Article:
As I finished the book, I realized that Jane was incredibly multifaceted. I admired her guts, her raw nature, and her physical strength. While those qualities tend to be looked upon by society as “masculine,” Jane never tried to act like or be a man. She remained grounded in, yet struggled with, her femininity throughout the story. What I find most powerful is that her character encompasses what most people would consider a “man’s” world. Yet, she is the general managing a team of men of elite soldiers. She is above them in rank, but loves her team like a sister would love her brothers. In fact, she loves them so much she would die for them.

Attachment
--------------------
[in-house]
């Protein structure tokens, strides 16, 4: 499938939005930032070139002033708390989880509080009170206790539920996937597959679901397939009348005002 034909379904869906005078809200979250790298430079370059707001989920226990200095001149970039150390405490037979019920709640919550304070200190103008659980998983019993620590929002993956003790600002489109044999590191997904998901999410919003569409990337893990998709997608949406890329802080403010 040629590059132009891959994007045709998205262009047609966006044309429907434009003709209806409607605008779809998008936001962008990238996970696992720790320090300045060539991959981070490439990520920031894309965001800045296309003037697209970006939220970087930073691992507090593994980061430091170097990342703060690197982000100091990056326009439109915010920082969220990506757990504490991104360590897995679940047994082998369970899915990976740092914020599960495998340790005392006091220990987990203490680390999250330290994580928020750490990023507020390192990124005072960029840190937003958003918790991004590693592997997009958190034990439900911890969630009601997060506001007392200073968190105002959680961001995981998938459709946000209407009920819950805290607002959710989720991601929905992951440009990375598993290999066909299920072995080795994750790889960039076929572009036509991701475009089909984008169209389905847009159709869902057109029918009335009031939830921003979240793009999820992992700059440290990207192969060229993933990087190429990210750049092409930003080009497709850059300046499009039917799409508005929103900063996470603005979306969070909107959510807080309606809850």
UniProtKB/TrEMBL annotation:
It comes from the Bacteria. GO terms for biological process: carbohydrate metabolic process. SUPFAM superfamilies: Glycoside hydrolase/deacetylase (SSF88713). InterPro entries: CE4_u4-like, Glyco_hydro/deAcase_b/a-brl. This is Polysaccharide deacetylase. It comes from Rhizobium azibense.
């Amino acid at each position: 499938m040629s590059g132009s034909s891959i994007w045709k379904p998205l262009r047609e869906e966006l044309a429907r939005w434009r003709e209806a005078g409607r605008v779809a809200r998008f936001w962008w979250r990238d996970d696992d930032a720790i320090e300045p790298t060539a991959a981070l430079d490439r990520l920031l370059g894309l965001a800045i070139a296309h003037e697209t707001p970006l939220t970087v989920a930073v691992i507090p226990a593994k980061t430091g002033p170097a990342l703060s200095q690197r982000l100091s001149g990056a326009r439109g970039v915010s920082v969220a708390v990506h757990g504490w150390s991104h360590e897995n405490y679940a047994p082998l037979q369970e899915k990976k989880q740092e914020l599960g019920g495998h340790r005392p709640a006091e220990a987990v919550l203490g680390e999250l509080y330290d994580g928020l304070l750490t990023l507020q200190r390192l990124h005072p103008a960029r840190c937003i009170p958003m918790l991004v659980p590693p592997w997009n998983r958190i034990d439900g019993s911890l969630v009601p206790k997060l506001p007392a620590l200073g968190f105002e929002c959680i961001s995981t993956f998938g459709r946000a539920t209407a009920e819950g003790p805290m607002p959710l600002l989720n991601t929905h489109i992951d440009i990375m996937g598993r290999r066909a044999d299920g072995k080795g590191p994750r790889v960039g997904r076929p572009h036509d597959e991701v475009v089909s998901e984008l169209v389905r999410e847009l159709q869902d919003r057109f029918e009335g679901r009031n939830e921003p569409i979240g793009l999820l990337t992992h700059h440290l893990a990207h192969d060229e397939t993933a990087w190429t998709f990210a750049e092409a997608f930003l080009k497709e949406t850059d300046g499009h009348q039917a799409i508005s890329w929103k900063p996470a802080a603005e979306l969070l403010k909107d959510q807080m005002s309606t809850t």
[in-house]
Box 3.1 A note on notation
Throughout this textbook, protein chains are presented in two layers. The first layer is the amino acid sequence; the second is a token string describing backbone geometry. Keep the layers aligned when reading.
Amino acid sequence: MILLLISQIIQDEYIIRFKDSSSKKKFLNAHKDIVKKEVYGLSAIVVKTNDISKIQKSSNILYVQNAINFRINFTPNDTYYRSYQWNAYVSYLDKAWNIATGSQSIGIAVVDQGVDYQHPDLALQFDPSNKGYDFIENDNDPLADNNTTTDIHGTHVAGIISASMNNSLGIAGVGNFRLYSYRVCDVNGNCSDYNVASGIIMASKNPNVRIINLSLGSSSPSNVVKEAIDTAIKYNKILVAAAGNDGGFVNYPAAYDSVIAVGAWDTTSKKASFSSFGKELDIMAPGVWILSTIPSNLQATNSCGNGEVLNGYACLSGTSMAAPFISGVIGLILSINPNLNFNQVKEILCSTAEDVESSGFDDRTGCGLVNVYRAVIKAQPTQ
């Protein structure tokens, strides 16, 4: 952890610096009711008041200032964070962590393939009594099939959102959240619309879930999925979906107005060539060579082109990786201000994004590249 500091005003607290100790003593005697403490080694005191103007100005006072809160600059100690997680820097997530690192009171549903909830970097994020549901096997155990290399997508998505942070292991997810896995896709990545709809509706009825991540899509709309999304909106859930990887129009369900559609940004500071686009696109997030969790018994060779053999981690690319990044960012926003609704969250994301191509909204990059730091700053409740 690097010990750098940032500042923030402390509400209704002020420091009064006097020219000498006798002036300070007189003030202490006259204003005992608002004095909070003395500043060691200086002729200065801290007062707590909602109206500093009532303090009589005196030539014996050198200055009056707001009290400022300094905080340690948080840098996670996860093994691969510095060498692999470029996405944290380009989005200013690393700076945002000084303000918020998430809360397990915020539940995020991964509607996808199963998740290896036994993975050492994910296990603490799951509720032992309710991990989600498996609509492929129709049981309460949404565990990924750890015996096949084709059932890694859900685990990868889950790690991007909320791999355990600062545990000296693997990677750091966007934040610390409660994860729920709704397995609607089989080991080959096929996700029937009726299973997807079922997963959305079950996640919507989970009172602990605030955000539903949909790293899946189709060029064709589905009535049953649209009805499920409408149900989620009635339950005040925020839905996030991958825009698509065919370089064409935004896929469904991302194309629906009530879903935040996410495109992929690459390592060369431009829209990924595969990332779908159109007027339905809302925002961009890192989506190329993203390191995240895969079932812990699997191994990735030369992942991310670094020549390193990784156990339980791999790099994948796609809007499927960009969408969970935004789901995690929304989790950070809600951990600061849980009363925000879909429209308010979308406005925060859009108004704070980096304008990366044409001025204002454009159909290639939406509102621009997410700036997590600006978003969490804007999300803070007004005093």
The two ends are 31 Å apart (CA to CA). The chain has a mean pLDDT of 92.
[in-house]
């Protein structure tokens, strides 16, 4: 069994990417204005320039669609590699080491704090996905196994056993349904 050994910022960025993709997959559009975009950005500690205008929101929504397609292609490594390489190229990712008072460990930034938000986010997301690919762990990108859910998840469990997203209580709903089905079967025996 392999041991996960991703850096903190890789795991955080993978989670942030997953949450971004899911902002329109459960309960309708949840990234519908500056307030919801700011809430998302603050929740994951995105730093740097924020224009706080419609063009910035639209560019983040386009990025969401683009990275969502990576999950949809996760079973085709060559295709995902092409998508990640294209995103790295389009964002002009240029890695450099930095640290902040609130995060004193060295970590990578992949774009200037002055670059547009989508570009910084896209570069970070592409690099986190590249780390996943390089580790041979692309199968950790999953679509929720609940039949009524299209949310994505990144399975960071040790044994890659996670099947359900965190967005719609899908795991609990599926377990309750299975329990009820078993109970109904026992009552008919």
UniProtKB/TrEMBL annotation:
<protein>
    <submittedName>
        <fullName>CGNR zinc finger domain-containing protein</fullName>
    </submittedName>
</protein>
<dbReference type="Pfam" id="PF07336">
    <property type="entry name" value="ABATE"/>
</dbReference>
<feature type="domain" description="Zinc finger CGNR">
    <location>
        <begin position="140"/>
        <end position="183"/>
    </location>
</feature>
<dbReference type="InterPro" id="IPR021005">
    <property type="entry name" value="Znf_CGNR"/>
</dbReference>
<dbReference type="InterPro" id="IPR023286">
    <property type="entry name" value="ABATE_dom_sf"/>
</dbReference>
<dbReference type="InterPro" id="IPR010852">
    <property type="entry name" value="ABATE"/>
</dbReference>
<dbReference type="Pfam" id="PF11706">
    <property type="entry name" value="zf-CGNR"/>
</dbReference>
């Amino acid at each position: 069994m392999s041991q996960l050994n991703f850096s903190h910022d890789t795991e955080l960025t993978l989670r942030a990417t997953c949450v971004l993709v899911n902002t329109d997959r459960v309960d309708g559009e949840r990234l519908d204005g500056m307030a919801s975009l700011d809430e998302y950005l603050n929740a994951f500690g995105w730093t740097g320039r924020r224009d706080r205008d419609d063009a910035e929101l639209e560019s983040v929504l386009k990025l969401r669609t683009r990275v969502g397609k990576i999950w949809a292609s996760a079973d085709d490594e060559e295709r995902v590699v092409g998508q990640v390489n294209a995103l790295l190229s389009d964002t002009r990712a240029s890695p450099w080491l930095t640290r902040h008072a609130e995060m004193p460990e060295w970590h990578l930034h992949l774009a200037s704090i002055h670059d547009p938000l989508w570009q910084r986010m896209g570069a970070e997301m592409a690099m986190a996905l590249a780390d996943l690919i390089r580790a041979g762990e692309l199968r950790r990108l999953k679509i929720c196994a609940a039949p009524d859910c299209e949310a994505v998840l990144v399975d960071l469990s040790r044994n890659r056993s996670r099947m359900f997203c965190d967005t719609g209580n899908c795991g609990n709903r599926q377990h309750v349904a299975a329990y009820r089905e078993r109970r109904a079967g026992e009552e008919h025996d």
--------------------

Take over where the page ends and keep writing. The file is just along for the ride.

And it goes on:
As a mother of two young daughters, I am dedicated to raising them to know themselves. To help them build their inner strength, learn how to say “no” (and forcefully), and to stand up for what they believe in. For me, simply knowing E.D. Erker and her activism for PTSD awareness, and becoming immersed in the characters of Orion One has strengthened me personally for that task. The world needs a strong female fighter, and one with the most enticing flaws you can imagine. Through Jane’s eyes, we learn not only what survival looks like, but also what thriving does.
Denise C. Powell, Editor